America’s federal forests are incredibly valuable. In Oregon, they are home to imperiled wildlife like the northern spotted owl, coho salmon, marbled murrelet, and more. Our forests filter drinking water for millions of Americans. But did you know that our forests also help us fight climate change, absorbing and storing carbon?
Rain fell steadily on our drive into the mix of public and private lands southwest of Roseburg last month, the clouds and mist casting an eerie feel over the stark clearcuts we drove through on the way to a proposed logging unit in the 42 Divide Project area. In November 2021, the Roseburg District of the Bureau of Land Management (BLM) sent an initial proposal for the 42 Divide Project out to the public for comments, calling for logging over 5,000 acres of forests up to 200 years old.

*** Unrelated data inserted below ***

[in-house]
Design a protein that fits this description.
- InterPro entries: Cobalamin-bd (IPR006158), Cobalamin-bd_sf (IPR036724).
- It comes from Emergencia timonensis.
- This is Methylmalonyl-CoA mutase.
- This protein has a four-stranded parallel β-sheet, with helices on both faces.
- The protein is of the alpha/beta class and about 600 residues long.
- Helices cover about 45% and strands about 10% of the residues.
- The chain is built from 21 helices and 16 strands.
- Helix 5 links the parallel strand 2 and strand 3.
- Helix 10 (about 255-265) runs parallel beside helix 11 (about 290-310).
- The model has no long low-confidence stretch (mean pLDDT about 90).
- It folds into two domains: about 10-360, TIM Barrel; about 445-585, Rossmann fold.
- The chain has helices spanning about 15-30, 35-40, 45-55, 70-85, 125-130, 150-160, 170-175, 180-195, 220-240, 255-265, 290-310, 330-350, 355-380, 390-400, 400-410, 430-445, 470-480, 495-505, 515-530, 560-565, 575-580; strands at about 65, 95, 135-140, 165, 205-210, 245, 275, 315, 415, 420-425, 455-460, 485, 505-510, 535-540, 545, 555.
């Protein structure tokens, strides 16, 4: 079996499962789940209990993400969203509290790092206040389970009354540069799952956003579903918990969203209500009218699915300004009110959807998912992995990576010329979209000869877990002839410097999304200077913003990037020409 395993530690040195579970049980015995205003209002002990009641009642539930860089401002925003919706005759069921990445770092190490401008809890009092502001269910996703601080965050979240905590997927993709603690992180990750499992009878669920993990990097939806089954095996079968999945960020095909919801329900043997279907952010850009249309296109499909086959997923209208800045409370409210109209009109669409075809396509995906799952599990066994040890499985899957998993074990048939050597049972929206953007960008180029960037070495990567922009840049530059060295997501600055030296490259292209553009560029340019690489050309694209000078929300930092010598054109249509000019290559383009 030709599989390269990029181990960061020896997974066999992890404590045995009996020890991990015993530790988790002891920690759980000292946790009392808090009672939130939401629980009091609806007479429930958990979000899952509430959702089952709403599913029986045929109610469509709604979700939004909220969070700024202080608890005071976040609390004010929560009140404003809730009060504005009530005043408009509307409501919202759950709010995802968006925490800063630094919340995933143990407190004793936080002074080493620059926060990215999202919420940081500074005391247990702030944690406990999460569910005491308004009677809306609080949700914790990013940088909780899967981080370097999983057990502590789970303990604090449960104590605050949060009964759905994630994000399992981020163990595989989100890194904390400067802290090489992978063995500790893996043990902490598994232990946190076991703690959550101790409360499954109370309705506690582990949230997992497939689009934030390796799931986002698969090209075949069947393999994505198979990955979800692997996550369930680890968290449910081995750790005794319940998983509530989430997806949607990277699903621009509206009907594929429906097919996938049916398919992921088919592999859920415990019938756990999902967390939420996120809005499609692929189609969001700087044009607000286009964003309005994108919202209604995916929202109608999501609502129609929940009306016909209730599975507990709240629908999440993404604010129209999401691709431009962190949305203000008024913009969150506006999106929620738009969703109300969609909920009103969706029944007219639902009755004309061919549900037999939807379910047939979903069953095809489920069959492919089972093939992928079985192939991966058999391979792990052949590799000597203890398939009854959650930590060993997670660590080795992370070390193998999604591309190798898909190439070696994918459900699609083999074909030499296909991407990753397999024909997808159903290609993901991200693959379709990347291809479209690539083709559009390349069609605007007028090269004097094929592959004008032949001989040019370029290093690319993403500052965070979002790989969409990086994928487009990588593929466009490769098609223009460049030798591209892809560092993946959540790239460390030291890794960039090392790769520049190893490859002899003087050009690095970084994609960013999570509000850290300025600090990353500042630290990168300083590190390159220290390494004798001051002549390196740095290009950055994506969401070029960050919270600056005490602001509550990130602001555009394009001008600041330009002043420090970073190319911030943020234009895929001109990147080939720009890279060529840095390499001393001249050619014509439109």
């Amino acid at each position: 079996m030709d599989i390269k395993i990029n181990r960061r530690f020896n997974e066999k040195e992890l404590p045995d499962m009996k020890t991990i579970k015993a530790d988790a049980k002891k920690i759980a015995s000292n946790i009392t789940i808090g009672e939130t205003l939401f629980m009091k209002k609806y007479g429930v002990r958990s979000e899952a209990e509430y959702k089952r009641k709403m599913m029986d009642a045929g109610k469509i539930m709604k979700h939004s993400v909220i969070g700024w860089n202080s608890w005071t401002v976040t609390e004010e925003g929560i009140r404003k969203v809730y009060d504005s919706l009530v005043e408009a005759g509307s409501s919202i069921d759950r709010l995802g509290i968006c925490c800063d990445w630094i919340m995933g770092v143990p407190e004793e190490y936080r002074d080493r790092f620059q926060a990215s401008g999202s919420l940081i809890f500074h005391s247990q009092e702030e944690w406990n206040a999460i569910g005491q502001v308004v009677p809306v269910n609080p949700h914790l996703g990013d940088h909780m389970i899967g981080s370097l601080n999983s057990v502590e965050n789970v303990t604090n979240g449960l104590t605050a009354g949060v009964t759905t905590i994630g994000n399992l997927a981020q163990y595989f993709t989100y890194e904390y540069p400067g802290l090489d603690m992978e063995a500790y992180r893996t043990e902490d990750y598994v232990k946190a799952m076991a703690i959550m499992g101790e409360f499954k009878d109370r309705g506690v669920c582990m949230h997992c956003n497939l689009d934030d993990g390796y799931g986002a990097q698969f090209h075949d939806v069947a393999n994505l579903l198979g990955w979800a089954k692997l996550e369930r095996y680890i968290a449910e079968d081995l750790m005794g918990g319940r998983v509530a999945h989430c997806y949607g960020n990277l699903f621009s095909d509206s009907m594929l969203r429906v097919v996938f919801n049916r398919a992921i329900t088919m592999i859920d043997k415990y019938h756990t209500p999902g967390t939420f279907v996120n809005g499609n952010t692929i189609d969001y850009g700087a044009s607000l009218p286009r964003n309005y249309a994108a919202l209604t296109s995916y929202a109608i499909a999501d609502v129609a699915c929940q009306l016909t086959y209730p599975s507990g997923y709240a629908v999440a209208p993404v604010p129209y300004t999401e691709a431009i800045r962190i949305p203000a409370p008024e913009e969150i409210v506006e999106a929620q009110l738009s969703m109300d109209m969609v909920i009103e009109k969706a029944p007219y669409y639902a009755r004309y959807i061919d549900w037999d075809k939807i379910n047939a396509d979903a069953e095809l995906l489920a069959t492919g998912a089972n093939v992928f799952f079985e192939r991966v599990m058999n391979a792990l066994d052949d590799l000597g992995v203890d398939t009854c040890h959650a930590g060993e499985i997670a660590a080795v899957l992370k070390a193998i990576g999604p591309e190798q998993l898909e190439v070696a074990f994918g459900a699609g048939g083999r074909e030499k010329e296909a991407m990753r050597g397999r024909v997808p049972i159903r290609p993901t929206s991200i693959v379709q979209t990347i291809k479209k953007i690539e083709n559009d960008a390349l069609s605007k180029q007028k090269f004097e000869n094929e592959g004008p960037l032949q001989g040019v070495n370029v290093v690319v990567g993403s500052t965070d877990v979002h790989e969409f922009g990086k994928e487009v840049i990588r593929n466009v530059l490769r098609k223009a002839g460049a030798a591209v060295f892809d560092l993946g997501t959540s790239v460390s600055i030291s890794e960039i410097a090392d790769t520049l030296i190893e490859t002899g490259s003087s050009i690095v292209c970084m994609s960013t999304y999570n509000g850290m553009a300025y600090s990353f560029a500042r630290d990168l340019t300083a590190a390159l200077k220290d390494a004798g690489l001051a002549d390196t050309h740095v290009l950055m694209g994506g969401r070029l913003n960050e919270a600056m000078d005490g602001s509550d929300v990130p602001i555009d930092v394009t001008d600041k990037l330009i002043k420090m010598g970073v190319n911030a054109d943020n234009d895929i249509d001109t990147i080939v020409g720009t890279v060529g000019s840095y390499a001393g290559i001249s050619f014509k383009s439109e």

A year ago, Oregon Wild advocates joined activists from across the country and urged the Forest Service to restore protections and end old-growth logging on forests across the Tongass National Forest in Alaska.
This week, those efforts finally paid off! From the New York Times: